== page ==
Exports to Canada fell by 0.2 per cent to $193 million and to Hong Kong by 16 per cent to $110 million. The value decline in Canada was minimised despite volume decreasing by 4 per cent as a result of a 4 per cent increase in average value to $3.15 per litre FOB. Much of the decline in value of exports to Hong Kong can be attributed to some exporters now shipping direct to mainland China due to the reduced tariffs as a result of the China-Australia Free Trade Agreement. Despite the declines, Canada remains the fourth and Hong Kong the fifth most valuable Australian wine export markets.

Australia’s top five export markets by value

  • Mainland China – $520 million ▲40%
  • US – $458 million ▲3%
  • UK – $355 million ▼5%
  • Canada ­– $193 million ▼0.2%
  • Hong Kong ­– $110 million ▼16%.

Table 2: The relationship between FOB and indicative retail price

FOB price per litre

Indicative retail price (domestic currency per bottle, 750ml)




Canada (Quebec)

Canada (Ontario)


Hong Kong







€ 3.10








€ 5.70








€ 8.30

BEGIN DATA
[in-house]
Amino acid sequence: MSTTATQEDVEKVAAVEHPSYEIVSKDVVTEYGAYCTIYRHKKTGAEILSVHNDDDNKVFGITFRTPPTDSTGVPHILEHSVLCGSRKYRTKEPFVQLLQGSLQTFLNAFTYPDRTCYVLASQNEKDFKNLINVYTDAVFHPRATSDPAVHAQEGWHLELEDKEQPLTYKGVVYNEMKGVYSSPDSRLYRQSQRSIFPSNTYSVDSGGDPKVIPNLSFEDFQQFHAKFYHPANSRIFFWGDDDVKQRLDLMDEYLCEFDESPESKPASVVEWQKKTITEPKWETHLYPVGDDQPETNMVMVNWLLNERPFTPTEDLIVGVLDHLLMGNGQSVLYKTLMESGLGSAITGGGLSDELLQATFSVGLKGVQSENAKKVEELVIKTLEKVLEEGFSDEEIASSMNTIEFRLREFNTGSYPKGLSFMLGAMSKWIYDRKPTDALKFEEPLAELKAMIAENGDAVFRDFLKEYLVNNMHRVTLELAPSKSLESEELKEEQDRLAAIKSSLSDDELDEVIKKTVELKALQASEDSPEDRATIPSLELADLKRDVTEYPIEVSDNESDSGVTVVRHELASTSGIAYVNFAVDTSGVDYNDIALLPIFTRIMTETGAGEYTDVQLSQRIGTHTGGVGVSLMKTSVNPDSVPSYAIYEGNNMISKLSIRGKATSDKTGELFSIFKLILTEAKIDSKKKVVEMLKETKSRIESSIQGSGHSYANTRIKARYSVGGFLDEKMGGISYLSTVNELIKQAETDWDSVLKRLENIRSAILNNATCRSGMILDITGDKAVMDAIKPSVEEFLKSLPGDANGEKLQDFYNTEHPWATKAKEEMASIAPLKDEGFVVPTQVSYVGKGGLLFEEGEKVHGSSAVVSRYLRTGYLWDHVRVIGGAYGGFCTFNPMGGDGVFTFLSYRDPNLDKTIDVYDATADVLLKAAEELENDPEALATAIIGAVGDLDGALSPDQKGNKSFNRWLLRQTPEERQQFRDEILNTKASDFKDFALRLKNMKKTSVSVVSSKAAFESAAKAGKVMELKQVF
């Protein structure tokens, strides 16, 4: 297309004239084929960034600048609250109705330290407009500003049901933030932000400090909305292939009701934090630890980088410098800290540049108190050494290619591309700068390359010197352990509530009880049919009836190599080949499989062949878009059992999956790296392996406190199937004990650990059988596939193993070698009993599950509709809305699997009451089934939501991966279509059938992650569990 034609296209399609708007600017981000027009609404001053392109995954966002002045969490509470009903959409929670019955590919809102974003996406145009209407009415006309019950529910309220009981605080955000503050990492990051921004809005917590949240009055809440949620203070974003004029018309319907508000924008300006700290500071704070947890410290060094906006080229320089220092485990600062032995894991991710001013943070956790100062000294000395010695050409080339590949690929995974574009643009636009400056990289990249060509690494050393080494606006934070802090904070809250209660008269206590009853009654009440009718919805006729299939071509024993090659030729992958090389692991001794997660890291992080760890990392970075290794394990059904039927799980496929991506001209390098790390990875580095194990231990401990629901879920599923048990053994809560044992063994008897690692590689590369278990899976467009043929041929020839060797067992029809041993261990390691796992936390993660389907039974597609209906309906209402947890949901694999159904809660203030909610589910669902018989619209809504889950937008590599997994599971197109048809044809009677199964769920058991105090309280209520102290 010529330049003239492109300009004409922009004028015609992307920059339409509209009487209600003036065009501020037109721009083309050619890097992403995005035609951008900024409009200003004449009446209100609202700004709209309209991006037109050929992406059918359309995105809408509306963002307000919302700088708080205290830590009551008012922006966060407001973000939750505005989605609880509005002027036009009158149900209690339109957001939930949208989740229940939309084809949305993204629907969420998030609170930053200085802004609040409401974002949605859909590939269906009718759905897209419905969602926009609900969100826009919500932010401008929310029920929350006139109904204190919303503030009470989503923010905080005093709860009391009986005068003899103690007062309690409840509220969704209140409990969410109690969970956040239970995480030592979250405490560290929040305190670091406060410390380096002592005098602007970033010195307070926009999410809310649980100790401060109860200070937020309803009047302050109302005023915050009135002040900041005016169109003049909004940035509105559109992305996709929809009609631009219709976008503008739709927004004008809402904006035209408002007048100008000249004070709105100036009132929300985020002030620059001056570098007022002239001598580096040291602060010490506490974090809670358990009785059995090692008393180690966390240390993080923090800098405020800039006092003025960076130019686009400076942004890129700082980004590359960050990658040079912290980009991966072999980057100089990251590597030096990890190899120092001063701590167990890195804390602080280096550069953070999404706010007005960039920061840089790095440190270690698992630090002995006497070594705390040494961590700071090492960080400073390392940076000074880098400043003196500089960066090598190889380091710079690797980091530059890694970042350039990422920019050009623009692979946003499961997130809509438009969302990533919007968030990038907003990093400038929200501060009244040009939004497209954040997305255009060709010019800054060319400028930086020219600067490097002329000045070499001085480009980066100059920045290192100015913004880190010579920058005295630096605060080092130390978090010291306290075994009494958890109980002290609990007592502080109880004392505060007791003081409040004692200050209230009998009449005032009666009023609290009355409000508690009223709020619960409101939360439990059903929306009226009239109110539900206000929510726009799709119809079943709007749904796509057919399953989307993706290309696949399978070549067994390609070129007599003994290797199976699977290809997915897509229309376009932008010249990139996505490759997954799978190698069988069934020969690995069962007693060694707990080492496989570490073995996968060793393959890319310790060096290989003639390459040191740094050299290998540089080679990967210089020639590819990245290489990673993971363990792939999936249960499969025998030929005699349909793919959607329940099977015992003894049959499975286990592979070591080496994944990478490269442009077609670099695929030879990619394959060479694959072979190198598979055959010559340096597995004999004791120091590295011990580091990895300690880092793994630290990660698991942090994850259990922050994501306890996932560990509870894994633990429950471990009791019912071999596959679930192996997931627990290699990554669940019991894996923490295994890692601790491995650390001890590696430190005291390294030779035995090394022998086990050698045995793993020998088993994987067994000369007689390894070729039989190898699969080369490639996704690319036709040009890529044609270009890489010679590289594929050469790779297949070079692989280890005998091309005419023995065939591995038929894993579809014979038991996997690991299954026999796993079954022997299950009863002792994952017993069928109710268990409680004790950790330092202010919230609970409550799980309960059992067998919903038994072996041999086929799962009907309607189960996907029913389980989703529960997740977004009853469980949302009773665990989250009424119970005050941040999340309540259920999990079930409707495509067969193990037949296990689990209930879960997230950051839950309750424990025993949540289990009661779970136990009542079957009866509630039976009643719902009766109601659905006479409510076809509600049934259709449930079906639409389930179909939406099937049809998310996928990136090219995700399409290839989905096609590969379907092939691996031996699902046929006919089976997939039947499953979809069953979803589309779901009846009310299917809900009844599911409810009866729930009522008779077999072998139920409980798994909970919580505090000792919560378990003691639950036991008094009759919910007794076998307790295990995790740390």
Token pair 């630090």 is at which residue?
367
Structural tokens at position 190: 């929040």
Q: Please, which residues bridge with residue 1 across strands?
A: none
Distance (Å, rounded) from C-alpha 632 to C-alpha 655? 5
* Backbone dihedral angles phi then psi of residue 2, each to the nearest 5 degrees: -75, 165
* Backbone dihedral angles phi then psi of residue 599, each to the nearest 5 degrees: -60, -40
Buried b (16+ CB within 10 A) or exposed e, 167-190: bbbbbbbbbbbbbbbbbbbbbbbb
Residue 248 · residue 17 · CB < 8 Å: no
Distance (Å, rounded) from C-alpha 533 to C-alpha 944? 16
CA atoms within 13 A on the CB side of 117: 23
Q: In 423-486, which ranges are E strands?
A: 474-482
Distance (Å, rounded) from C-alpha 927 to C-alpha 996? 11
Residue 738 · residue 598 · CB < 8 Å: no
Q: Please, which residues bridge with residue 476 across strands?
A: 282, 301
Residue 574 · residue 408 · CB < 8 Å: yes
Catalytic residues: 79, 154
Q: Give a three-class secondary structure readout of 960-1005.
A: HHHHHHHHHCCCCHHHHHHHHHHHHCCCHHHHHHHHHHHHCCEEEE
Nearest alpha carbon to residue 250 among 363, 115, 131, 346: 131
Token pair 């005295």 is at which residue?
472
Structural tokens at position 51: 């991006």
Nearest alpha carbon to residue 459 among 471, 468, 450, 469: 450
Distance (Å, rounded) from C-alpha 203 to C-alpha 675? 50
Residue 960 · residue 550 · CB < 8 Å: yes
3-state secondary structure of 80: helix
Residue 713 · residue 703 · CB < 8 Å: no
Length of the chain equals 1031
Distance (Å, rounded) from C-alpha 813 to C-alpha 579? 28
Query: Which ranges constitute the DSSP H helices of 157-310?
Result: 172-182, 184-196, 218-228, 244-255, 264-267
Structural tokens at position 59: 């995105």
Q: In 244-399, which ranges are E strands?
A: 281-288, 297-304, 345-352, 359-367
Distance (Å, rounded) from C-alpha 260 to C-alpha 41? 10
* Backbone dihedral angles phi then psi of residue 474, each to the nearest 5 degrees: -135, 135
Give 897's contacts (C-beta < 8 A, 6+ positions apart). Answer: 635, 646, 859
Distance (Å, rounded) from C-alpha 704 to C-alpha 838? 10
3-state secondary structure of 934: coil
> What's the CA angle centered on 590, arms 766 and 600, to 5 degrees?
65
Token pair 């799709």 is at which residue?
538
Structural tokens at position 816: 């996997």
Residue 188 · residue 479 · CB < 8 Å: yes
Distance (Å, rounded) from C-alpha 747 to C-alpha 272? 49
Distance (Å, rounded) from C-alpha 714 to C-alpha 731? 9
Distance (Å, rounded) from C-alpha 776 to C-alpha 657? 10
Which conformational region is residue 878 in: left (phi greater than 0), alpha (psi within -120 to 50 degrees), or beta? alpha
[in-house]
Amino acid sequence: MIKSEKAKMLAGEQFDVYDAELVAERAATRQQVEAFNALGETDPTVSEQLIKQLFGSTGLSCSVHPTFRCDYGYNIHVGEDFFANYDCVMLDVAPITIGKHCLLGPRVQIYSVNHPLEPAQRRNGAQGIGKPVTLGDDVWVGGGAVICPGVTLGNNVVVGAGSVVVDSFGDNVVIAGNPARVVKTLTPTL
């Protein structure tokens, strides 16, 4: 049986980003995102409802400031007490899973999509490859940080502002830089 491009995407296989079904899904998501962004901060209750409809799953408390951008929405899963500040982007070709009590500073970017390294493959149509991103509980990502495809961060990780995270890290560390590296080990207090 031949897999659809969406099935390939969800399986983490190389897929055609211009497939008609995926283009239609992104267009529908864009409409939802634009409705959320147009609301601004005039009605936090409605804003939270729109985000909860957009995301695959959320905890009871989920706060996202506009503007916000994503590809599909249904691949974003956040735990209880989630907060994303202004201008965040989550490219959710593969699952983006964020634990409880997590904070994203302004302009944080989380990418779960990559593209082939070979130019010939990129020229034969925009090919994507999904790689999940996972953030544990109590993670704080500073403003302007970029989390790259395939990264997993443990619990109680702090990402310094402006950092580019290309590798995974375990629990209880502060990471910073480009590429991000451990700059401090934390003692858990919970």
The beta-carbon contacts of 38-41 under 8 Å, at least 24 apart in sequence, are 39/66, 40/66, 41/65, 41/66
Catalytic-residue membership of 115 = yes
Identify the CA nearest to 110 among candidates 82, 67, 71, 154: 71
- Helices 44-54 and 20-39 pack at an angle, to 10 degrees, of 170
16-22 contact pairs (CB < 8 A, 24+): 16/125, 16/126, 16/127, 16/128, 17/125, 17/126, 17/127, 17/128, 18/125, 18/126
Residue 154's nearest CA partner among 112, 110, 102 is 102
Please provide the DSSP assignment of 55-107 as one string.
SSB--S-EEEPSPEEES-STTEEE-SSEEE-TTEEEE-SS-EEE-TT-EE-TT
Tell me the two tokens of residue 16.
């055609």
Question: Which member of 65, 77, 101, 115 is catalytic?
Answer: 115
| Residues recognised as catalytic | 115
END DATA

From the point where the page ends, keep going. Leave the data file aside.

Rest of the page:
€ 10.90








€ 21








€ 31








€ 52








€ 104








€ 207



*Free on board (FOB) - ‘Free on board' value of the wine, where the point of valuation is where goods are placed on board the international carrier, at the border of the exporting country. The FOB value includes production and other costs up until placement on the international carrier but excludes international insurance and transport costs.

[1] In the 12 months ended November 2016.

For media enquiries please contact

Charmaine Glase – Wine Australia
Senior Communications Manager
Phone: 02 9361 1263 / 0409 859 960

About Wine Australia

Wine Australia supports a competitive wine sector by investing in research, development and extension (RD&E), growing domestic and international markets and protecting the reputation of Australian wine.

Wine Australia is funded by grapegrowers and winemakers through levies and user-pays charges and the Australian Government, which provides matching funding for RD&E investments.

Wine Australia is the trading name of the Australian Grape and Wine Authority, a Commonwealth statutory authority established under the Australian Grape and Wine Authority Act 2013.